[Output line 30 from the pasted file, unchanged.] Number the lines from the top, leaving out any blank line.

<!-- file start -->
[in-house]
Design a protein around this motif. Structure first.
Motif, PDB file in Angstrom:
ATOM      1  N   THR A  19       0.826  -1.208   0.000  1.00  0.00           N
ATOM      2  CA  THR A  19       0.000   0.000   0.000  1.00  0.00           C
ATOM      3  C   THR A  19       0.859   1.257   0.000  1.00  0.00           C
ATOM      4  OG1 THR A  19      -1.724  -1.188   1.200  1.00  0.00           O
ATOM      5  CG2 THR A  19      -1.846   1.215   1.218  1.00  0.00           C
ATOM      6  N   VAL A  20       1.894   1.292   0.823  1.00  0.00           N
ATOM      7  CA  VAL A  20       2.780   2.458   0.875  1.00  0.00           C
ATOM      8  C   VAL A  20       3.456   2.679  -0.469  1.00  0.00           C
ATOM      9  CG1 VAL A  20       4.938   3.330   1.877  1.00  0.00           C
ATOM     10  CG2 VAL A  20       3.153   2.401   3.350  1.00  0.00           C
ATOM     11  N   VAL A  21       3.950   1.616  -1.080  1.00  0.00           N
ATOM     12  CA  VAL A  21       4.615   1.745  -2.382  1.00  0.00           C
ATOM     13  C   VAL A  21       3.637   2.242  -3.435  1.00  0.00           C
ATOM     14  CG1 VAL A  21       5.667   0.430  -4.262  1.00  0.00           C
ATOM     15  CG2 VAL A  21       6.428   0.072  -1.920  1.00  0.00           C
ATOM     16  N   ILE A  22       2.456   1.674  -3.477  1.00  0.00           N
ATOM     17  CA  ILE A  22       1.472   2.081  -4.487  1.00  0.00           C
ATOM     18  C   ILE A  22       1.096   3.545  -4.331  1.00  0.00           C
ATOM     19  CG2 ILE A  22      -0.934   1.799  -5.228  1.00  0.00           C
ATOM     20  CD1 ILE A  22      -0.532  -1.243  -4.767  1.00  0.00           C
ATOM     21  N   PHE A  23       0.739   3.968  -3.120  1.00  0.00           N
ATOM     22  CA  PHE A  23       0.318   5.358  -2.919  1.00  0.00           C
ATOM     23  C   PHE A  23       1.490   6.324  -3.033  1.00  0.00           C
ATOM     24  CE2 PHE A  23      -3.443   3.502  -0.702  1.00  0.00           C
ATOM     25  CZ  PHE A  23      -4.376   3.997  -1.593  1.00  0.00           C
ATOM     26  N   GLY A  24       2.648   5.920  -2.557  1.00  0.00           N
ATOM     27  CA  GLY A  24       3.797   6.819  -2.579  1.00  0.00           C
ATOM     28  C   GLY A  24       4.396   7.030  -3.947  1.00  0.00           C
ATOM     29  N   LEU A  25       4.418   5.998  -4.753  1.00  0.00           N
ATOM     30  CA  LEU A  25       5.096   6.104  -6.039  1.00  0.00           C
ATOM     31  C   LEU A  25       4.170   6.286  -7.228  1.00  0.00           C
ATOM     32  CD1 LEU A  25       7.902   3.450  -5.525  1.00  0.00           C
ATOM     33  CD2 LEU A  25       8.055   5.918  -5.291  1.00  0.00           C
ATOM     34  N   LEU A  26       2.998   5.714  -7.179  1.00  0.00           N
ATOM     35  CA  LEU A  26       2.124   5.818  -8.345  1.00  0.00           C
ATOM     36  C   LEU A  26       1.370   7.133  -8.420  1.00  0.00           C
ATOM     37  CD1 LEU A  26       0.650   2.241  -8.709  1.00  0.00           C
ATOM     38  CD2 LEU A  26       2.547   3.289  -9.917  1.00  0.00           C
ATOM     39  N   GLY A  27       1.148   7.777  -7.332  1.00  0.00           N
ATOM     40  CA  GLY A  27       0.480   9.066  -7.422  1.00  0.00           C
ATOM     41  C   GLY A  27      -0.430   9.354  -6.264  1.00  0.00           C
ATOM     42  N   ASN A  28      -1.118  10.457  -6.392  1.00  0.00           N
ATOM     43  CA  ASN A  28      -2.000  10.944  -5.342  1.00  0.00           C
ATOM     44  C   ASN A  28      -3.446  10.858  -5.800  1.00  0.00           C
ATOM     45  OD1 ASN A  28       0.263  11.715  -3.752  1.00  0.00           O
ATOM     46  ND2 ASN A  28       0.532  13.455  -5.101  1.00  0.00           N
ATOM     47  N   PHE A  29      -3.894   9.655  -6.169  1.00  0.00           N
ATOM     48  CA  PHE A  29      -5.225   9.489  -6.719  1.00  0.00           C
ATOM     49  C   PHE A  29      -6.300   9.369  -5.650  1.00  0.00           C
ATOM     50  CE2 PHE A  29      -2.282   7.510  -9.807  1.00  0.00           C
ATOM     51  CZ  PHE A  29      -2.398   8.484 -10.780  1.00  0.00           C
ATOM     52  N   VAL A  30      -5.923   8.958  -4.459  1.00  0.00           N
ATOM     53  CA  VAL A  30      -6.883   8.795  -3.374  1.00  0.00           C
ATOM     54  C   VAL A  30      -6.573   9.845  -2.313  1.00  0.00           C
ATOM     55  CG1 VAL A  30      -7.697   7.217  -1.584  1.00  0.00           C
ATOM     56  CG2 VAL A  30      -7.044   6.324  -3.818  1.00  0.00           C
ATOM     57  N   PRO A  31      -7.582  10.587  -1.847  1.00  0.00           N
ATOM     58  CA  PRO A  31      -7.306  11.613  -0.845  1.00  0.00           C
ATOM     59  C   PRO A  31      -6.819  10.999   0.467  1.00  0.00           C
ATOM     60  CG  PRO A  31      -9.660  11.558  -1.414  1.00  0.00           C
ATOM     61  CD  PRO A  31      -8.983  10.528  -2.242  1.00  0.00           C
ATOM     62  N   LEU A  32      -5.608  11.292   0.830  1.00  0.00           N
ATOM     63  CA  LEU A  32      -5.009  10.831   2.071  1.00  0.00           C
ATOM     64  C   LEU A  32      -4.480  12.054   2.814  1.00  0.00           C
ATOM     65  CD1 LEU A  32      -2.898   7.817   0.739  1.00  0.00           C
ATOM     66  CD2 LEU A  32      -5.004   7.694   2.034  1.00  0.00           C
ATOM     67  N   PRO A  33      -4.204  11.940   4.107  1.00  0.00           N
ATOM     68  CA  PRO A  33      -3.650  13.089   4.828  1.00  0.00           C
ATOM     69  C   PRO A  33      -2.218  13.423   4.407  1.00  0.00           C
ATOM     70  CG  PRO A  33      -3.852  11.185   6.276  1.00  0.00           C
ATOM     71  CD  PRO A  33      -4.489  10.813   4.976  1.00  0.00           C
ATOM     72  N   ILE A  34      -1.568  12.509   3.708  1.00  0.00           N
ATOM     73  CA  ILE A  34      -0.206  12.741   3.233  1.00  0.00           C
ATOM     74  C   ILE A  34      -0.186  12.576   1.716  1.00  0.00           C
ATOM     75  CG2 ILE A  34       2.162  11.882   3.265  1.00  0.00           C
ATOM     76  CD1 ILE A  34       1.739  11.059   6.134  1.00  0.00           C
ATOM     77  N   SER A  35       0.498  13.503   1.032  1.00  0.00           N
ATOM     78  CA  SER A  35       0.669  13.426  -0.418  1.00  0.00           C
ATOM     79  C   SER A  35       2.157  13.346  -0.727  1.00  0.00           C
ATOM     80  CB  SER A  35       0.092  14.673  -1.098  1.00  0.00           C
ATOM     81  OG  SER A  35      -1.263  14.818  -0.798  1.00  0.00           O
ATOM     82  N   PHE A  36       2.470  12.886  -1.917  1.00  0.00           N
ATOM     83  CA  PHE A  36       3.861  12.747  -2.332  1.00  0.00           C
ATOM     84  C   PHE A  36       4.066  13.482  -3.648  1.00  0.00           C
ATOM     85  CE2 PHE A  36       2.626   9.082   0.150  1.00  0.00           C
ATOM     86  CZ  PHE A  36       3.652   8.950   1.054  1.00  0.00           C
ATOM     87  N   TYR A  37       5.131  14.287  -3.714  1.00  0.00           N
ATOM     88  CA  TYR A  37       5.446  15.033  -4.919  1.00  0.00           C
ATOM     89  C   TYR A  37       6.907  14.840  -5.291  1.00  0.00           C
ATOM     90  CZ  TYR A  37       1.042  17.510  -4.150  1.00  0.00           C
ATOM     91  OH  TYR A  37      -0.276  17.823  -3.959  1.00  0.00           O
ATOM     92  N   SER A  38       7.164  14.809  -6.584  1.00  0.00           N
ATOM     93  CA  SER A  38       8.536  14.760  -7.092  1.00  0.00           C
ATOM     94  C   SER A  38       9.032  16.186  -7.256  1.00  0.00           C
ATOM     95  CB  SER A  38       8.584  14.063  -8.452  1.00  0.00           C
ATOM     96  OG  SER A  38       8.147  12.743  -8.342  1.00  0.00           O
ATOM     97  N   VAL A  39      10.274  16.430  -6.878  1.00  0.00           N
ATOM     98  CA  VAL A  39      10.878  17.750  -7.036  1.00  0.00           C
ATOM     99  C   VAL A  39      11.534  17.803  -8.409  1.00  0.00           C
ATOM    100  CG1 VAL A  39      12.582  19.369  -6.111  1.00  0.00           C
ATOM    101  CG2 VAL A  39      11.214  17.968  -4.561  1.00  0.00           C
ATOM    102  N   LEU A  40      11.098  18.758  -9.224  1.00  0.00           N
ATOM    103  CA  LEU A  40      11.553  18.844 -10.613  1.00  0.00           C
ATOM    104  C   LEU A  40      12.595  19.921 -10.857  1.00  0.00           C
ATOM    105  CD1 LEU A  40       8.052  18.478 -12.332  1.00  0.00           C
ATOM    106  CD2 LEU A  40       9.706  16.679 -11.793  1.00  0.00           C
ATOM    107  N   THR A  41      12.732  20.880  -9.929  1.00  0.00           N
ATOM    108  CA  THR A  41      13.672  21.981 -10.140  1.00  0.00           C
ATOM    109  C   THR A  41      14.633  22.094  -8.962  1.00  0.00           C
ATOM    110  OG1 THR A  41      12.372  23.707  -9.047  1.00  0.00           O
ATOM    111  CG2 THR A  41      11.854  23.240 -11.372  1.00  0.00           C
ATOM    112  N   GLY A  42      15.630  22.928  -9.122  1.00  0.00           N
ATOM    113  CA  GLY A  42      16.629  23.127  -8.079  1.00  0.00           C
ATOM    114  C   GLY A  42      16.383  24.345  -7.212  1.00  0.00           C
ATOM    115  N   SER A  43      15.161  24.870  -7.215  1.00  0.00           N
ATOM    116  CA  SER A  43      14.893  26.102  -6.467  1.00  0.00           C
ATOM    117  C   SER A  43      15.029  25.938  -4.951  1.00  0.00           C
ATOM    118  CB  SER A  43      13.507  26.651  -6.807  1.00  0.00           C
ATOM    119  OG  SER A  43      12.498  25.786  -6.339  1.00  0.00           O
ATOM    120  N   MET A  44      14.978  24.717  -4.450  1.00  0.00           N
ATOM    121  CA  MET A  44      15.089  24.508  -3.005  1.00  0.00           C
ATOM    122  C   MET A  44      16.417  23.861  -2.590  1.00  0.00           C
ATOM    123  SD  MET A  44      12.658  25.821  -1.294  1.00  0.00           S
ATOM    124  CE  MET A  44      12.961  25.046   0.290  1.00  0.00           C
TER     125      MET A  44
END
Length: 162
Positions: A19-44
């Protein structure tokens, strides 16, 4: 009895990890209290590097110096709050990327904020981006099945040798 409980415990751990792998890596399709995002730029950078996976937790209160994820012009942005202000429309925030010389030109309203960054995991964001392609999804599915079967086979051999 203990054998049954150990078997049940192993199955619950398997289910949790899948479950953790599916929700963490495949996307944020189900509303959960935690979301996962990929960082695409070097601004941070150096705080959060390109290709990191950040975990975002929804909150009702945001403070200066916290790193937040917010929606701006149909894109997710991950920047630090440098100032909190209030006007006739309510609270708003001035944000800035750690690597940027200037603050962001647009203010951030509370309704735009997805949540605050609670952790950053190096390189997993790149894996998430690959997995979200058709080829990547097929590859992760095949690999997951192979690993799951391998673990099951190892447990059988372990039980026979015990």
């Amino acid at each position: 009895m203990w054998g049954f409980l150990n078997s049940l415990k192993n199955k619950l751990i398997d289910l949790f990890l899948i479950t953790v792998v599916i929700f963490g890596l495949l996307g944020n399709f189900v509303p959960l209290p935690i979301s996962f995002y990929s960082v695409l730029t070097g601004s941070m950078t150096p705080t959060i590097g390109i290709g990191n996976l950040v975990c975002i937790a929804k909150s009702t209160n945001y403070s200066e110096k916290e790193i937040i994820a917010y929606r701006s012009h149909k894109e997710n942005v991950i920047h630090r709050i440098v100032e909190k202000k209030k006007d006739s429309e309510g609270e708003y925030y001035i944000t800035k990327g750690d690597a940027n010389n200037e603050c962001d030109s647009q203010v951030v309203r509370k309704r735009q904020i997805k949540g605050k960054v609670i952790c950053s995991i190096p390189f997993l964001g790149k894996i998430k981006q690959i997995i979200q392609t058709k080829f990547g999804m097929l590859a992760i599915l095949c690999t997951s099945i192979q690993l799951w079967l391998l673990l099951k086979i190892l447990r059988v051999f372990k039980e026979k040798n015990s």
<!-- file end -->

ATOM     27  CA  GLY A  24       3.797   6.819  -2.579  1.00  0.00           C